The Snowman and the Snowdog



Sweet holiday sequel about a boy who misses his dog.
  • Review Date: December 3, 2013
  • Rated: G
  • Genre: Family and Kids
  • Release Year: 2013
  • Running Time: 70 minutes

What parents need to know

Educational value

This is a secular holiday movie about a wintertime friendship between a boy and a snowman and a snowdog that come to life. Many of London's landmarks are seen in a sequence where the boy and the snowman are flying.

Positive messages

Sweet message about the closeness between a boy and his dog.

Positive role models

The snowman takes care of the boy and helps Father Christmas grant him the ultimate wish of a new pet dog.

Violence & scariness

The protagonist's dog dies, but nothing graphic is seen.

Sexy stuff
Not applicable
Not applicable
Not applicable
Drinking, drugs, & smoking
Not applicable

Parents Need to Know

Parents need to know that The Snowman and the Snowdog is a sequel to the beloved 1982 holiday film The Snowman, based on the children's book by English author-illustrator Raymond Briggs. There's nothing a young child or even a preschooler couldn't handle, although there's a bit of sadness when the protagonist's dog dies (you see him in the backyard at the burial site) and when eventually the snowman melts. This is a gentle holiday film with no dialogue that even little, little kids will enjoy.

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What's the story?

THE SNOWMAN AND THE SNOWDOG is the sequel to the 1982 adaptation of Raymond Briggs' classic holiday children's book The Snowman. The author approved of the follow-up in celebration of the original animated film's 30th anniversary. There's no dialogue in the movie; it's a simple story line about a young boy who moves to a new house and soon loses his pet dog. In an old box, he finds a photo of a boy with a snowman (along with a scarf, a hat, and a walnut shell for a nose), so, when the first snow falls, he decides to recreate the snowman with the found accessories as well as a snowdog in memory of his late pet. The next morning, the boy hears a bark, looks out the window, and sees his snowy creations move. In an exciting turn, the boy flies off with the snowman and the snowdog over London and toward a party of snowmen and even Father Christmas himself.

Is it any good?


The Snowman may be a national treasure in the U.K., but here in the States it's not as widely known. Those who haven't seen the original may not understand that the picture the boy finds is from the first movie or that this is a story that's as beloved to certain audiences as Frosty the Snowman and A Charlie Brown Christmas are to American viewers. Without the foundation of the original, there may be less emotional connection to the new story -- particularly since there's no dialogue.

Still, if you don't mind the minimalist plot and the lack of dialogue, it's a lovely holiday tale about a boy grieving the loss of his dog. His grief leads him to make not only the snowman like the one in a photo he discovers in his new house but also a snowdog companion for the snowman, in honor of his dearly departed pet. There's a beautiful song that accompanies the most exciting part of the story, the flight the trio takes soaring above London all the way to a snowman jubilee. At less than 30 minutes long (the other 40 minutes on the DVD are bonus features), The Snowman and the Snowdog is a good holiday pick for preschoolers just starting to sit still for movies.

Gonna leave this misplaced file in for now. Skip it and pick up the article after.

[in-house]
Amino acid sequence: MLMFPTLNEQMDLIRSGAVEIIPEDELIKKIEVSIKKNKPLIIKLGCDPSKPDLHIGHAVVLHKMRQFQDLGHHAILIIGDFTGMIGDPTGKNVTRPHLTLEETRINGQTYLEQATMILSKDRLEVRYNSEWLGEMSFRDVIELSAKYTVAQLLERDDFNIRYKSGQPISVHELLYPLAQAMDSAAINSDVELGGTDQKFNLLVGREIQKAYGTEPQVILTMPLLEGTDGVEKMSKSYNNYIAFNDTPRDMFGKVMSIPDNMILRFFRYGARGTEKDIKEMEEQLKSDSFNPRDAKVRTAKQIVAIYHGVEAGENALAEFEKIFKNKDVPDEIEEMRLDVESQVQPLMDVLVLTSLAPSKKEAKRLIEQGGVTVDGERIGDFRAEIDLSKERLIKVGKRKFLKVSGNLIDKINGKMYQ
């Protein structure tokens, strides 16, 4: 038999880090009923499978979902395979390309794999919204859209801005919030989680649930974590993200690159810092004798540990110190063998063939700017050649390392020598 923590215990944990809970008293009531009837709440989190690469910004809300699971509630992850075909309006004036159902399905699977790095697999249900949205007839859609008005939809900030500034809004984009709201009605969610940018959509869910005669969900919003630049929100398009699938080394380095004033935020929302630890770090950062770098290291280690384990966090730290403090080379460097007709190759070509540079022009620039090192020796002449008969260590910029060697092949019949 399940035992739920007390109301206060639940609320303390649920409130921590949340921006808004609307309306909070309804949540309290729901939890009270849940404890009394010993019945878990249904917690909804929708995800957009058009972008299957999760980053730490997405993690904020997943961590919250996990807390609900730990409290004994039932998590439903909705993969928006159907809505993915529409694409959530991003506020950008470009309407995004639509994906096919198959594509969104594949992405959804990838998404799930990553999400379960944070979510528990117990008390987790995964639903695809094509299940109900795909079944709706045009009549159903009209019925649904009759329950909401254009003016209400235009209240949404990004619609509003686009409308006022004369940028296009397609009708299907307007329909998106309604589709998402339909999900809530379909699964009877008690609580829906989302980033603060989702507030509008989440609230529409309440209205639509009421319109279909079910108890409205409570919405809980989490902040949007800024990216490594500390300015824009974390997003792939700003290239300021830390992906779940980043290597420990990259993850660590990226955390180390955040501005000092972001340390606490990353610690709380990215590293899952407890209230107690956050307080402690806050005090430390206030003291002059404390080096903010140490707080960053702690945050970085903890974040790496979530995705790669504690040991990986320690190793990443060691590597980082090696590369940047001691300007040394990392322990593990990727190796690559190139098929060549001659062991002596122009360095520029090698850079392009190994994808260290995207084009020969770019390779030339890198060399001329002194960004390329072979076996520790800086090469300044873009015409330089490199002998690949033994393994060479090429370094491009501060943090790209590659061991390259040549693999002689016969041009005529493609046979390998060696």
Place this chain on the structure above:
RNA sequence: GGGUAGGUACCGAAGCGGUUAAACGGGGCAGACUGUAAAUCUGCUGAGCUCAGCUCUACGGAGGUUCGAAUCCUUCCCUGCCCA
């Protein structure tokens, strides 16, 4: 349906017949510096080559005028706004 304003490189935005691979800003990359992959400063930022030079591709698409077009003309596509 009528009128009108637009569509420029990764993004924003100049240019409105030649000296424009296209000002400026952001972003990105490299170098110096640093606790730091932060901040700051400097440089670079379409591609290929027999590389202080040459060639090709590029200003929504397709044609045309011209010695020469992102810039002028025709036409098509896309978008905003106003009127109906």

Families can talk about...

  • Families can talk about the story's exploration of friendship and holidays. How does it compare to other snowman tales?

  • What do you think about the snowdog addition to the original story? How does the sequel continue the story from the first film?

  • What are your favorite holiday movies and why?

Movie details

DVD release date:October 1, 2013
Director:Hilary Audus
Studio:NCircle Entertainment
Genre:Family and Kids
Topics:Friendship, Holidays
Run time:70 minutes
MPAA rating:G

This review of The Snowman and the Snowdog was written by

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Learning ratings

  • Best: Really engaging; great learning approach.
  • Very Good: Engaging; good learning approach.
  • Good: Pretty engaging; good learning approach.
  • Fair: Somewhat engaging; OK learning approach.
  • Not for Learning: Not recommended for learning.
  • Not for Kids: Not age-appropriate for kids; not recommended for learning.

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Parent Written byAdagirl1993 December 26, 2013

Wonderful winter story!

Wonderful, touching, winter tale of a young boy and a snowman that comes to life. Classic style story that beats out Frosty by a long shot. No words are spoken, just beautiful music. Only thing to note is that the boy's dog dies. Again, nothing graphic but most children will understand what happens when they see the dog getting older and then in the next shot, the boy is crying while looking at a picture of his dog.
Parent of a 3 and 6 year old Written byHelen2711 December 28, 2013

Perfect Christmas Treat

Fabulous film and terrific music to inspire and move young and old alike. A real treat and even the very little will enjoy the story. Beautiful.
Parent Written byMakMom3 November 26, 2014

If you are looking for sadness, this movie is it!

I was greatly disappointed in this movie. It is very sad. My 9 year old daughter was crying at the end. The dog dying reminded her of our beloved dog that we had to put down. And I felt like the ending where the snowman melts and the boy and dog are sad is terrible for kids. There are a lot of other cheerful movies that are much better than this. Sorry, I just felt it was depressing.


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